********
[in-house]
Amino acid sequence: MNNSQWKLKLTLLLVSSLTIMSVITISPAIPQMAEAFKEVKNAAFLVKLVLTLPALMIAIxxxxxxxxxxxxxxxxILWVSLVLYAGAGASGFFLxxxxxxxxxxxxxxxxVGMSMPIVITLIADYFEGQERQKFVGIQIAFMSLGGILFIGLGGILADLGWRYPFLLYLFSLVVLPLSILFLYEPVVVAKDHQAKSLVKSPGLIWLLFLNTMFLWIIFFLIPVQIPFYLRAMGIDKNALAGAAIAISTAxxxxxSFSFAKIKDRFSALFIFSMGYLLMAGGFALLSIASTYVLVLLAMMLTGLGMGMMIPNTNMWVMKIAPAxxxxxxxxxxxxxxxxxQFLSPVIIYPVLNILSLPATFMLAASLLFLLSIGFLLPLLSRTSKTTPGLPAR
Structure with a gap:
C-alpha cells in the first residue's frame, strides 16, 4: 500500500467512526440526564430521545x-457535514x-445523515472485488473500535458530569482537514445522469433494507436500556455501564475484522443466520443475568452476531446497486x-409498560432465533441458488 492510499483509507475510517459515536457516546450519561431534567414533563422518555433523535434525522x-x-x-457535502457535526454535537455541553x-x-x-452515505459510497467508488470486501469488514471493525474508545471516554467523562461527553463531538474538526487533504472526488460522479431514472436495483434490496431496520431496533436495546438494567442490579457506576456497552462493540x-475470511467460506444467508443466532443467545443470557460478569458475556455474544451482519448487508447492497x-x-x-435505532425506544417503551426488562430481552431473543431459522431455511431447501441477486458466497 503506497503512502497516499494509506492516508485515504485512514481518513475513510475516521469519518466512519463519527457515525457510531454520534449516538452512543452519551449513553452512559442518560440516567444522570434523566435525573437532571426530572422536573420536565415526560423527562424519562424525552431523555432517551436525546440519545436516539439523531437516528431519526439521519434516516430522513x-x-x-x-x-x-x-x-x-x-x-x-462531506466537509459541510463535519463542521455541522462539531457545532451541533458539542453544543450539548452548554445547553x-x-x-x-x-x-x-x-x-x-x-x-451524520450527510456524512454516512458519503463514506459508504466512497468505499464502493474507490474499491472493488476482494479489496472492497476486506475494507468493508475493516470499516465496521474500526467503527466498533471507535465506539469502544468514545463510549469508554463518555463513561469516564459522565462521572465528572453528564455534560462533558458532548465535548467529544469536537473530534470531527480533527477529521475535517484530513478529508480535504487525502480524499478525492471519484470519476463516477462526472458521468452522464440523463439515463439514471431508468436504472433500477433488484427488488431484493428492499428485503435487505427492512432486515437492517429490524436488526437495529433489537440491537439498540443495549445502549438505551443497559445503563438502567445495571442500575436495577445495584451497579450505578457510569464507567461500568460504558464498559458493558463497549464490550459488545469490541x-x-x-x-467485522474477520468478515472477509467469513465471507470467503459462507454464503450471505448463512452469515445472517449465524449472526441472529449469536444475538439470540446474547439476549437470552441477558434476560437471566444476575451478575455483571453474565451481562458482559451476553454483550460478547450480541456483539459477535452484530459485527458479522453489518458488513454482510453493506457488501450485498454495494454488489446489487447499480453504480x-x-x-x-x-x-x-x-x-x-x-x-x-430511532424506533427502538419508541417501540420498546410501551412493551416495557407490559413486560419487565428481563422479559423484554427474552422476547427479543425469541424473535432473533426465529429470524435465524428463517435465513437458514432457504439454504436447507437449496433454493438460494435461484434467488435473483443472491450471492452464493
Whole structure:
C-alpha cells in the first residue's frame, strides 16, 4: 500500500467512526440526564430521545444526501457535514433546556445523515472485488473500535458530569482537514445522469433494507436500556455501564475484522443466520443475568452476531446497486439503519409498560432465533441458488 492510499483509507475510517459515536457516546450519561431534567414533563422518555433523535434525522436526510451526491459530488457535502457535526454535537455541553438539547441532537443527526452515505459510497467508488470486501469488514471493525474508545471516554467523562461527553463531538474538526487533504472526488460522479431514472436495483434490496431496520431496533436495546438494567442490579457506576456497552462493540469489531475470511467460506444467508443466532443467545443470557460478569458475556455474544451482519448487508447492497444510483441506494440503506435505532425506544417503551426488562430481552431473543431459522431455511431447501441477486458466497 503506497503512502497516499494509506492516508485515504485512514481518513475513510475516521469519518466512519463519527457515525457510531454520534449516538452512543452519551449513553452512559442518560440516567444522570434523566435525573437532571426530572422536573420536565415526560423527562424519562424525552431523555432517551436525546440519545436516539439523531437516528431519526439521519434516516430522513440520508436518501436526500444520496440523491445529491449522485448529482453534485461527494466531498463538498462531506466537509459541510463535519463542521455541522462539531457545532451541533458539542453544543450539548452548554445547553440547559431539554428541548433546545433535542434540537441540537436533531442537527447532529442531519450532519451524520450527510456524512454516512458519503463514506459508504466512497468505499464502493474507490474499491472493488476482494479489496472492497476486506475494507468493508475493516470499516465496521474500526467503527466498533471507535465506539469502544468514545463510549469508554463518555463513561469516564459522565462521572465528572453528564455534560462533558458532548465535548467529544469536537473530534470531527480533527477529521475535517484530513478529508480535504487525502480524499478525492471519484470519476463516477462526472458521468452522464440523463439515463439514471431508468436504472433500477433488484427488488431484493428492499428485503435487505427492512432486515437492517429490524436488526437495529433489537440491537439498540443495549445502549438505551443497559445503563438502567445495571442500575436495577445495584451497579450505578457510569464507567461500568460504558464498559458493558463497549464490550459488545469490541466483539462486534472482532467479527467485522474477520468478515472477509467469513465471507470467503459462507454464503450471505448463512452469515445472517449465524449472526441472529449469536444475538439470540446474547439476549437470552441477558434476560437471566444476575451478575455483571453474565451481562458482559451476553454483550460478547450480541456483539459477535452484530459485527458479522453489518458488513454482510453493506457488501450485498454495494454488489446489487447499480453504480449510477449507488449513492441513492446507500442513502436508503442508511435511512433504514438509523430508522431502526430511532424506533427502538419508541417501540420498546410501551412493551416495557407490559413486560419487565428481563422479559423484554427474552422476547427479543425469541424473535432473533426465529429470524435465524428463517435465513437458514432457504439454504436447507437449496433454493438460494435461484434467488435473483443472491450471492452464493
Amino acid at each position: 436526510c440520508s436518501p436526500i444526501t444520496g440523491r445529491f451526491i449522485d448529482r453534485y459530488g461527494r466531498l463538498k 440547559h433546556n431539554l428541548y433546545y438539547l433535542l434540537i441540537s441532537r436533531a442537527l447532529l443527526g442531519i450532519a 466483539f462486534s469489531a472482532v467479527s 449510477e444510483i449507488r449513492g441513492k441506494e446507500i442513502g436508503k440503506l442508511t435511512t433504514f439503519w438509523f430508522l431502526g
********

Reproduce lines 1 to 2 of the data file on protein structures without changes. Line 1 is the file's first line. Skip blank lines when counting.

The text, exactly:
[in-house]
Amino acid sequence: MNNSQWKLKLTLLLVSSLTIMSVITISPAIPQMAEAFKEVKNAAFLVKLVLTLPALMIAIxxxxxxxxxxxxxxxxILWVSLVLYAGAGASGFFLxxxxxxxxxxxxxxxxVGMSMPIVITLIADYFEGQERQKFVGIQIAFMSLGGILFIGLGGILADLGWRYPFLLYLFSLVVLPLSILFLYEPVVVAKDHQAKSLVKSPGLIWLLFLNTMFLWIIFFLIPVQIPFYLRAMGIDKNALAGAAIAISTAxxxxxSFSFAKIKDRFSALFIFSMGYLLMAGGFALLSIASTYVLVLLAMMLTGLGMGMMIPNTNMWVMKIAPAxxxxxxxxxxxxxxxxxQFLSPVIIYPVLNILSLPATFMLAASLLFLLSIGFLLPLLSRTSKTTPGLPAR